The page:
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The X-Mark Signature

Updated: Mar 11, 2023

Genealogy requires a lot more than simply clicking the wiggling green leaves on, saving the predetermined information, and, to paraphrase a wise genealogist from a recent class, tracing your family back to Charlemagne over the course of a single weekend. If this is the extent of your genealogy journey, let's talk! I might be able to give you some tips to build on your current research.

As genealogists, we must read and analyze every single document, correlating information, and resolving conflicts. Sometimes this analysis also requires translation. This may be a language to language translation or possibly finding a current equivalent to an old or obsolete word or term. Often these translations lead to new discoveries about our ancestors and their stories. The prompt for Week 10 of the 52 Ancestors in 52 Weeks writing challenge is, "Translation."

My third great grandfather, Wolf Singer was born in Bakałarzewo, a village in Suwałki County, Podlaskie Voivodeship, in north-eastern Poland on 10 March 1832.¹ He and his wife emigrated from Göteborg, Västra Götaland, Sweden on 30 October 1891 and arrived at Ellis Island in New York on 18 November 1891.² With the exception of the arrival record, these documents required me to find someone able to translate Russian, Polish, Yiddish, and Swedish to American English. Fortunately, Facebook has a group, currently with over 15,000 members, designed to help with this very thing.

Six and a half years after his arrival, Wolf applied for a United States passport on 26 April 1898.³ The person who filled out the form prepared the document for an "X-mark signature." This was typically done for instances of illiteracy or disability, where the signer was unable to affix their full and actual signature to a document. The signer's name would have been written (or typed in more recent documents) by the person completing the form, often leaving space between the first and last name for the signer to mark an "X," or a cross, in lieu of their signature. The words "his mark" or "her mark" may also be written above and/or below the signer's "X" or cross.

Examining Wolf's passport application, we can clearly see the parentheses between his first and last name and the words "his mark" written above and below what is typically just an "X" or a cross. However, there is a lot more written than a simple "X" or a cross! Translating the markings, it became clear that Wolf Singer actually signed his US passport application with his full and actual signature, in Yiddish!

Clip from Wolf Singer's Passport Application. Red box added for emphasis.

Why this document was prepared for an X-mark signature but signed with a full and actual Yiddish signature, is a matter of speculation. Wolf Singer has not been located within the 1900 US Federal Census, perhaps because he was traveling abroad with his recently obtained passport. This specific census asked if a person could read or write and whether they spoke English. All of those answers would have provided insight into better understanding the anomaly on Wolf's passport application.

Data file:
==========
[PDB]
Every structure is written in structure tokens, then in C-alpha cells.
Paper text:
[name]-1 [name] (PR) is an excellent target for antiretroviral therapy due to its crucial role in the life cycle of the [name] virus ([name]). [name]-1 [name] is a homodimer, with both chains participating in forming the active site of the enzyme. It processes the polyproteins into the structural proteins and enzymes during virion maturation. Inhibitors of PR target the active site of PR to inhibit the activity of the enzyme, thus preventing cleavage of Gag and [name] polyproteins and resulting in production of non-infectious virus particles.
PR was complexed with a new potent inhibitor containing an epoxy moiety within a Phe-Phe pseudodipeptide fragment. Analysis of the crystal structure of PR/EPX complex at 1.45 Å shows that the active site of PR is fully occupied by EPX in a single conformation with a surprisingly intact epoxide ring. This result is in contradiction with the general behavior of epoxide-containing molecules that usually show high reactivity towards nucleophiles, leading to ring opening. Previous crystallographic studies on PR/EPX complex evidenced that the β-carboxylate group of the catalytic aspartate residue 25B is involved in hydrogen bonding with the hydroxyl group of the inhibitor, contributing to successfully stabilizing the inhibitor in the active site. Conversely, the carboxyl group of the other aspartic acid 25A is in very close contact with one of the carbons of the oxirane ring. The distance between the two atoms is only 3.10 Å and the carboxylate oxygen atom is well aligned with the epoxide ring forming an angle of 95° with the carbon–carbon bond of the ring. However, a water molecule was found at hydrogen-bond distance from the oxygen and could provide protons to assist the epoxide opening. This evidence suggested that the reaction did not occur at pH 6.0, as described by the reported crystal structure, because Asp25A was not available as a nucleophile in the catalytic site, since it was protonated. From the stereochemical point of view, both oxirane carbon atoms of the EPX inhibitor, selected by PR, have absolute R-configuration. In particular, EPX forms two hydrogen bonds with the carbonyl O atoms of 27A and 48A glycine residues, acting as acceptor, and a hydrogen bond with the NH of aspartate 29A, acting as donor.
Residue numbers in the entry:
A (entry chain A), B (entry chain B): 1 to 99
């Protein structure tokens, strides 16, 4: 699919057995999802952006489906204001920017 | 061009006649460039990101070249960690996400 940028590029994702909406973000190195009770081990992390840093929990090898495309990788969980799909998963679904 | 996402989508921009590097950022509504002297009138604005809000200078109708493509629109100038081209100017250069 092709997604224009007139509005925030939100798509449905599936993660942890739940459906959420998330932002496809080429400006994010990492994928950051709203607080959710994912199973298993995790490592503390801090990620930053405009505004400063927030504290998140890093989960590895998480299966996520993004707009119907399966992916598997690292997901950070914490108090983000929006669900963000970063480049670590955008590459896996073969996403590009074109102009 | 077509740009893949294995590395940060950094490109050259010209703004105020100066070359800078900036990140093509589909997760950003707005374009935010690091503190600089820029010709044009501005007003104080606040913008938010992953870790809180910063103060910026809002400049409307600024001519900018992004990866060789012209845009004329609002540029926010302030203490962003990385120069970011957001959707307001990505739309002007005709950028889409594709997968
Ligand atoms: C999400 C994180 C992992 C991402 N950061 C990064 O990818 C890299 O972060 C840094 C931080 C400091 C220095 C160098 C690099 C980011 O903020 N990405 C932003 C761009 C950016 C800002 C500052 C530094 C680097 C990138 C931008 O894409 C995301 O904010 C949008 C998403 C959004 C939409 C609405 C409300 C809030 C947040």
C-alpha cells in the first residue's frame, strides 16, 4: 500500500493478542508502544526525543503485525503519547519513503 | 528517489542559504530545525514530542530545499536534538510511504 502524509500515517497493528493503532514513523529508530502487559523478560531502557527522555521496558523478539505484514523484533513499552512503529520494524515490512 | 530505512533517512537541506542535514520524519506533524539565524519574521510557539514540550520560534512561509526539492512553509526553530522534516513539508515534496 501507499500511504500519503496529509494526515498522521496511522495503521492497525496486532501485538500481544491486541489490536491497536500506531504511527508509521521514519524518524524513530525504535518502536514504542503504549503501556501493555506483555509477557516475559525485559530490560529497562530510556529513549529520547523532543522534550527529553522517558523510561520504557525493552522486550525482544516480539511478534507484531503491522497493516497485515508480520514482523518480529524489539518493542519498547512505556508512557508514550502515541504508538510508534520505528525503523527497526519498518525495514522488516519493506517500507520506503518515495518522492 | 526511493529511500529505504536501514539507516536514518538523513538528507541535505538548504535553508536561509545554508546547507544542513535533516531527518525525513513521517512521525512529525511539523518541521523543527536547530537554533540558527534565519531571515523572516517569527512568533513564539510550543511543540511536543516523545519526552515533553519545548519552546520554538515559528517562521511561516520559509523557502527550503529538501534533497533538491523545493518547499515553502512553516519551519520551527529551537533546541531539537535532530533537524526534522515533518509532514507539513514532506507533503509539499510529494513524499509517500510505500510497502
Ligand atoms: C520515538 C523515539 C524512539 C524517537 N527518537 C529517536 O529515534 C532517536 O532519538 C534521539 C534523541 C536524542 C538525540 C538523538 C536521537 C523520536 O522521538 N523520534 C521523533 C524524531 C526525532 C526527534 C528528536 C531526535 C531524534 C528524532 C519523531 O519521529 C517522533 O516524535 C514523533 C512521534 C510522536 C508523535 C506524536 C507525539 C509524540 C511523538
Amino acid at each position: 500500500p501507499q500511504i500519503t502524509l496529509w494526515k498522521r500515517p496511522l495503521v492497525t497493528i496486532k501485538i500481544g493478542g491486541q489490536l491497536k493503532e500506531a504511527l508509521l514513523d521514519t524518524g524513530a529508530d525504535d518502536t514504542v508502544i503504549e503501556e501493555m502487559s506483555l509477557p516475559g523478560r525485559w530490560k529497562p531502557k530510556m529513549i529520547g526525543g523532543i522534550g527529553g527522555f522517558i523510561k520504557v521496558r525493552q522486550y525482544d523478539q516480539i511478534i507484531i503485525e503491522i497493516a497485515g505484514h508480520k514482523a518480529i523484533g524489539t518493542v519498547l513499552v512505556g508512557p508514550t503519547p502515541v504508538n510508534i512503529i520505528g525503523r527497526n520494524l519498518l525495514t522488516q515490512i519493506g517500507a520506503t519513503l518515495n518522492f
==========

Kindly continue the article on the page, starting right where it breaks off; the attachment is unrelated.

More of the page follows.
If Wolf didn't speak English, it's possible he brought an English-speaking family member, associate, or neighbor (in genealogy, we call this a person's FAN club) to help him with the passport application. Accordingly, he may have been incorrectly perceived as illiterate or disabled.

Yiddish is primarily written in the Hebrew alphabet. Not recognized as the English Alphabet, this too, may have caused the recorder to prepare this document for an X-mark signature. Reexamining the document, it's even possible, perhaps even likely, that his name, the parentheses, and the words "his mark" were added after Wolf affixed his full and actual signature.

We will likely never know the events, thought processes, or mindsets which led to this deviation from a traditional X-mark signature, but the detailed examination of this particular record and the remarkable translation of Wolf's Yiddish signature, allow us to witness a rare happening in a moment of one ancestor's life.


1. Suwałki County, Podlaskie Voivodeship, Poland, Register of Births, Wolf Zyngier, 1832; database with images, ( : accessed 08 March 2023), Microfilm No. C 853.

2. Göteborg, Västra Götaland, Sweden, Forteckning [Emigration Index], 1891, pg 517, Wolf Singer; database with images, Ancestry ( : accessed 08 March 2023), "Sweden, Emigration Registers, 1869-1948," image 864 of 971; citing ArkivDigital. Also, The Statue of Liberty - Ellis Island Foundation, database with images ( : accessed 08 March 2023), "Passenger Record, " entry for Singer, Wolf, age 59, arrived 1891 on State of California; citing passenger ID 9012267670442.

3. Wolf Singer application, 1898; database with images Ancestry ( :accessed 08 March 2023), "U.S., Passport Application, 1795-1925," image 533-680; citing National Archives and Records Administration (NARA), Passport Applications, 1795-1925, Roll 505; 18 Apr 1898-30 Apr 1998


Disclaimer: Each blog post is created and presented for marketing and entertainment purposes only but are based on larger research which adheres to the standards of The Board of Certification of Genealogists® as set forth in Genealogical Standards (Nashville, Tenn.: Ancestry Imprint, Turner Publishing, 2014).

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